To find out more about the goals and initiatives of this committee and/or to join in all the communication and engagement for CDS; please contact Lisa at: This email address is being protected from spambots. You need JavaScript enabled to view it.

Awards & Recognition Sub-Committee – Chair - Cornel Hart (interim)

This committee oversees the process for issuing annual awards for CDS, which recognize outstanding achievements and volunteer efforts for those who assist the society. The committee also recognizes outgoing board members for the society.

We are currently looking for a chairperson to lead this sub-committee. To find out more about the goals and projects of this committee and/or to join or chair this committee; please contact Cornel at: This email address is being protected from spambots. You need JavaScript enabled to view it.

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COVID-19: Could it Unite Us as a Global Community?

COVID-19: Could it Unite Us as a Global Community?

 

The new ‘normal’ as the start of the ‘great turning’ for transformative justice, social change, equity, and sustainable communities.

"Let yourself be silently drawn by the stronger pull of what you really love."    ~ Rumi

When I agreed to write a post with an international theme for the Vanguard issue, I had no idea that it would be in the middle of the COVID-19 global pandemic – a virus attack which, in one way or another, is uniting us as a Global Community. Dealing with it asks us all for innovative thinking, ideas and approaches on the meaning and purpose of Community Development Practice (CDP), and on our roles and responsibilities as Community Development Practitioners (CDPs).

COVID-19 is challenging all of us in our commitment to each and every one of the principles for which we stand, both as practitioners and as members of a family, community, society and nation. Each one of us now in our social isolation has had, however reluctantly, to realize our vulnerability – not just as a citizen, family, and community member, but also as a species. Many of us were at first positively hopeful that this pandemic would soon pass, and that everything would go back to normal again. Now we are realizing that it is not passing quickly, and that it is increasingly likely that nothing will ever be quite the same again. The new ‘normal’ will differ from the ‘normal’ we thought we knew.

Global pandemics such as COVID-19 re-emphasize the importance of CDPs, the need for our profession, and the role that we play in ensuring community well-being. Going forward in the aftermath of COVID-19, with resources diminished from fighting it, we will need to be more vigilant and innovative in rebuilding communities. We will be working from a micro level of well-being for our families, friends, and neighbors, through our communities, to the macro level well-being of our state sustainability. Although pandemics threaten our very existence, they also provide us with opportunities to ‘reset and turn’ our current way of life into a better one. It is at this turning point that CDPs are needed more than ever before. We will be called upon to guide communities in innovative ways towards rebuilding new sustainable, equitable and inclusive communities in our global society.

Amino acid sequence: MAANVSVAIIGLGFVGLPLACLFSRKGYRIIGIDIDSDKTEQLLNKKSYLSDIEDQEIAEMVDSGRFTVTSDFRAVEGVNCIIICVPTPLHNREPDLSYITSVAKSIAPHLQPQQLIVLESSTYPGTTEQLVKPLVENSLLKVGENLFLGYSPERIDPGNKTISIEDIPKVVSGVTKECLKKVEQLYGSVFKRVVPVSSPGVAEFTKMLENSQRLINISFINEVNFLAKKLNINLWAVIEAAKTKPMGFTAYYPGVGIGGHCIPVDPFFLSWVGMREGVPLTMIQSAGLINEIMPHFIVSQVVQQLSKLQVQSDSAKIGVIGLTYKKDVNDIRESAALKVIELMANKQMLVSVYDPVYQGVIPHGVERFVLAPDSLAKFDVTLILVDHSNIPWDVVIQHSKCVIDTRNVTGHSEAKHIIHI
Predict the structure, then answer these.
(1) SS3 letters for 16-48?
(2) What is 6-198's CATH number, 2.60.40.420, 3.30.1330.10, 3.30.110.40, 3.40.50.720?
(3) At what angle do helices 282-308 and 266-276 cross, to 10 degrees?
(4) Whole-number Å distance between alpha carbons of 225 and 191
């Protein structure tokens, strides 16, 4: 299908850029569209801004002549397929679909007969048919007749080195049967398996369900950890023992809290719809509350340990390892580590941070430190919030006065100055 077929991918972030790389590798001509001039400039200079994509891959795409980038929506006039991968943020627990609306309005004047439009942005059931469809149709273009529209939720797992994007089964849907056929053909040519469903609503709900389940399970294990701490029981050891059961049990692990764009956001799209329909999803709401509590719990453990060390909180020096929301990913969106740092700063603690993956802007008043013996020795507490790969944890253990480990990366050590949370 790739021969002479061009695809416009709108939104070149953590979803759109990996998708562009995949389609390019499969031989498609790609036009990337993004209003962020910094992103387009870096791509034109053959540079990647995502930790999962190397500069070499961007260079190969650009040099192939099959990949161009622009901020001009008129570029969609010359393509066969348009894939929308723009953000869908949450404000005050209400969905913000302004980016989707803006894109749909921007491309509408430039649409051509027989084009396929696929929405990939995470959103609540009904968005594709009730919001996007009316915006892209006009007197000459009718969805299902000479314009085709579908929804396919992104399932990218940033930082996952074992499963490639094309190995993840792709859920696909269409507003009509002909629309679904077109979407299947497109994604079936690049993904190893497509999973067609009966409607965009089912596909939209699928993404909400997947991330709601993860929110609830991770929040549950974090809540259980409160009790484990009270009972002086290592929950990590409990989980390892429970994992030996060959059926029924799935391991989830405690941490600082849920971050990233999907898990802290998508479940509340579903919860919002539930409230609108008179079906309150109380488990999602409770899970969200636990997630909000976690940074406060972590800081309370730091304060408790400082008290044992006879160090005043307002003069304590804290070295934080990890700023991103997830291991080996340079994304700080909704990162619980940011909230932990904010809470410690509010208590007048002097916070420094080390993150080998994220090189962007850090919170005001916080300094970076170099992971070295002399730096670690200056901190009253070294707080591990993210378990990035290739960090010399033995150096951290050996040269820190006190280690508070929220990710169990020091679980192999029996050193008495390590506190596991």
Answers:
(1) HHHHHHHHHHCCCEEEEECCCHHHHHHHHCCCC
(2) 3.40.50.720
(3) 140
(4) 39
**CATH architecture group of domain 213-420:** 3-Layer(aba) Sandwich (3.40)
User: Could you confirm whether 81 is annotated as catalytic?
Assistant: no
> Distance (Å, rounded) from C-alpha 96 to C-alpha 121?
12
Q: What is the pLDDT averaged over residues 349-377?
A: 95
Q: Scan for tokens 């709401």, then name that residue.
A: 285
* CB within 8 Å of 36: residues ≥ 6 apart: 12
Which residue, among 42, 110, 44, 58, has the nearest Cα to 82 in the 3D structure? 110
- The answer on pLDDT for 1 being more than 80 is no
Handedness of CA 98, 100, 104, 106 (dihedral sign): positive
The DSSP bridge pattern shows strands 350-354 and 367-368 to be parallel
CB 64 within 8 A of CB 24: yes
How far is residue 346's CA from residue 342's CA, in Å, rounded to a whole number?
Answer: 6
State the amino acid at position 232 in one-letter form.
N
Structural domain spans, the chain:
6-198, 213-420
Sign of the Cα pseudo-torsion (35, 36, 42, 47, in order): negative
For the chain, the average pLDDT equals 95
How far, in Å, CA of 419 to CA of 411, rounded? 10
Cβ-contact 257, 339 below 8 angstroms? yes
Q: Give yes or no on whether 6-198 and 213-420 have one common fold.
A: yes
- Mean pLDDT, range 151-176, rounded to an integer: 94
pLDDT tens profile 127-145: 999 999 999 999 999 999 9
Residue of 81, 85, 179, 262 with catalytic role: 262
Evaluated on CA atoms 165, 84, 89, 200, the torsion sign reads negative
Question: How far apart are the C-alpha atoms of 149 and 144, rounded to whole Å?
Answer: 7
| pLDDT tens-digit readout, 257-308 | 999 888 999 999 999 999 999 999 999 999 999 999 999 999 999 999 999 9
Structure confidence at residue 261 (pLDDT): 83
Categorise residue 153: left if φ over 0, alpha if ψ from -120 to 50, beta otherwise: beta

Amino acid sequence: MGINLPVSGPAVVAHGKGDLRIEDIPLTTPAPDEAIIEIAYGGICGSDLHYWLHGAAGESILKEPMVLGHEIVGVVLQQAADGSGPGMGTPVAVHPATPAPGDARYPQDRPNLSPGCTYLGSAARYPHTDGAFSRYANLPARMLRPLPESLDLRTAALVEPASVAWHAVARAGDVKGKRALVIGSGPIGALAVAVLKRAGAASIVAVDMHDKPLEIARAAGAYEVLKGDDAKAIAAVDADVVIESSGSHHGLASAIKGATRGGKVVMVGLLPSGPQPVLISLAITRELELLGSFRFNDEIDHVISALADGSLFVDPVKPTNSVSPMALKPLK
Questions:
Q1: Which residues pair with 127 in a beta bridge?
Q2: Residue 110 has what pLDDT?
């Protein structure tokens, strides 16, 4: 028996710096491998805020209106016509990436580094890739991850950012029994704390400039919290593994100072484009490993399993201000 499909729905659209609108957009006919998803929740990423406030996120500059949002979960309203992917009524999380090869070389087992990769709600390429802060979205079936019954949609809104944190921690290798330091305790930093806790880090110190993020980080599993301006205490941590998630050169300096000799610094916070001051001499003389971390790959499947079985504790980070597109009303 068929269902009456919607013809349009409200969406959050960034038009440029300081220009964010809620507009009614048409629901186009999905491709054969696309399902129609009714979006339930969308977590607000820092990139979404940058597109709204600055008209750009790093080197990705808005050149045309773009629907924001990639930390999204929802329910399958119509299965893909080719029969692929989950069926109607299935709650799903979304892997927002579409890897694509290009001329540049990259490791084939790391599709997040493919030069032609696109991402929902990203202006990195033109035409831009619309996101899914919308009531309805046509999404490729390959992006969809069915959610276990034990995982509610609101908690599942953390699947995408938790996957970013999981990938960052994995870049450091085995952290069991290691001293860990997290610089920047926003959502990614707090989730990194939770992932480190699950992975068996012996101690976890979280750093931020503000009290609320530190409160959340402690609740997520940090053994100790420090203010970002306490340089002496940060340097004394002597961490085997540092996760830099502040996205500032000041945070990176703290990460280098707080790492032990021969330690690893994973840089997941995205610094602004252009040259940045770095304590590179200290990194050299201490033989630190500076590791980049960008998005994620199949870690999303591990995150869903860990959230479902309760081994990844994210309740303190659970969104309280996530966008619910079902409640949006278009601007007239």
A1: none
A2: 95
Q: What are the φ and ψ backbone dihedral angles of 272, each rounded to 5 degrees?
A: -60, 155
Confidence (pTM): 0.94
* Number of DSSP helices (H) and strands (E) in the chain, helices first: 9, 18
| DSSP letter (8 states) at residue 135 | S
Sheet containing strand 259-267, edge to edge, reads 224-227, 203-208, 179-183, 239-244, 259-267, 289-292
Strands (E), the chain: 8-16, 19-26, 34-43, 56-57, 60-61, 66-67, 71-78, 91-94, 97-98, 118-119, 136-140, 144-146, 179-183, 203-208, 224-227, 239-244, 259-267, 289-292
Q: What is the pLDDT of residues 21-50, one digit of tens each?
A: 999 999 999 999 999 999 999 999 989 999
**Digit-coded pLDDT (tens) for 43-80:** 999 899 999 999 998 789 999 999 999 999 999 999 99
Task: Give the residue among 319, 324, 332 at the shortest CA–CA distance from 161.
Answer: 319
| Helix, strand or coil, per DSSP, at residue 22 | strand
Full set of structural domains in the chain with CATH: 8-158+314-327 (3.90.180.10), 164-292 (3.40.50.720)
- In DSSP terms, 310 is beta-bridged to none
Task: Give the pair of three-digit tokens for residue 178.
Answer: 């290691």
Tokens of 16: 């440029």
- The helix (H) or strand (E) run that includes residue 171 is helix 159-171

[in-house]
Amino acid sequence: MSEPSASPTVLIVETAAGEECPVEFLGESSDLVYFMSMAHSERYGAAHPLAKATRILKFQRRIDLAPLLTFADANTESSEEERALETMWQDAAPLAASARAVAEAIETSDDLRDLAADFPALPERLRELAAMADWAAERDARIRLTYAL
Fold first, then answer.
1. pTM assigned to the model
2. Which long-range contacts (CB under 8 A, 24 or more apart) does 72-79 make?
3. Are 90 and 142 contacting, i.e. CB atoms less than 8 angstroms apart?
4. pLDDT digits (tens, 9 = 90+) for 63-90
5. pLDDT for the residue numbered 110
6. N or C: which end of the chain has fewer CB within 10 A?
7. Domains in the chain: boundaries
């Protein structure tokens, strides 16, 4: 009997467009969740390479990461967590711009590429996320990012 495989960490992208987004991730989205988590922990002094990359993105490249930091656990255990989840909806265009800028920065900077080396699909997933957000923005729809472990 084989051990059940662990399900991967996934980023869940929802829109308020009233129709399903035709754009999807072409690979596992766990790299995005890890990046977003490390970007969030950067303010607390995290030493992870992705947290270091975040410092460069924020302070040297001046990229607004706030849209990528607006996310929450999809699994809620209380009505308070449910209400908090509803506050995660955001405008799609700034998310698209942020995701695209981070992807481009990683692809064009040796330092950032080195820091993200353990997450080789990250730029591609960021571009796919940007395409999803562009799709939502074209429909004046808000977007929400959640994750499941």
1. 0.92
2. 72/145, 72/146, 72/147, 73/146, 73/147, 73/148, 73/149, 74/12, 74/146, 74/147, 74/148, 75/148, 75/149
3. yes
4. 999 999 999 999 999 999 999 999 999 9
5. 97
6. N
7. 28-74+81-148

This rebuilding of community and society will require CDPs to revisit the works of scholar-activists such as David Korten, Johanna Macy, and Grace Lee Boggs. As early as the 2000s they put forward a much needed ‘great turning’. This ‘turning’ would shift us from our current times of being an economic growth ‘extractivist society’ to a society that is in balance and self-sustaining in every dimension of well-being: socio-cultural, physical, infrastructural, environmental, political, and economical. These scholarly foresights, more than fifteen years ago, emanated from the term ‘earth community’ described in the International Earth Charter of 2000. This charter consists of sixteen principles, clustered in four interrelated pillars derived from an ethical vision that proposes peace, environmental protection, human rights, and equitable human development.

One of the founding pieces of ‘turning’ literature is “The Great Turning: From Empire to Earth Community” by David Korten (2006). The unequal distribution of power and social benefits that goes back as far as 5 000 years is highlighted. The development of empires, political and social, continues to this day. Korten (2006) warns us of being “on the verge of a perfect storm of converging crises”, and that to avoid it will require major changes to our current economic and social structures.

Who would have thought that COVID-19 could so quickly ‘trigger’ this realization? Who could have anticipated that we as CDPs would be given the opportunity to work with communities to start the ‘great turning’ (transformation) from an ‘industrial growth society’ to a ‘self-sustaining civilization’?

Every one of us has been presented with an opportunity to relook at, and rework, our CDP approach towards making a difference and contributing towards a better life for society. Many resources and scholarly works are available to assist us with re-imaging our ‘new’ future of ‘turning’ towards achieving an Earth Community of well-being. Perhaps a good place to start will be with the founding authors of the ‘turning’: David Korten, Johanna Macy, and Grace Lee Boggs. They led the way to many more publications by other proponents of transformative justice, social change, equity and self-sustaining communities in a harmony of societies.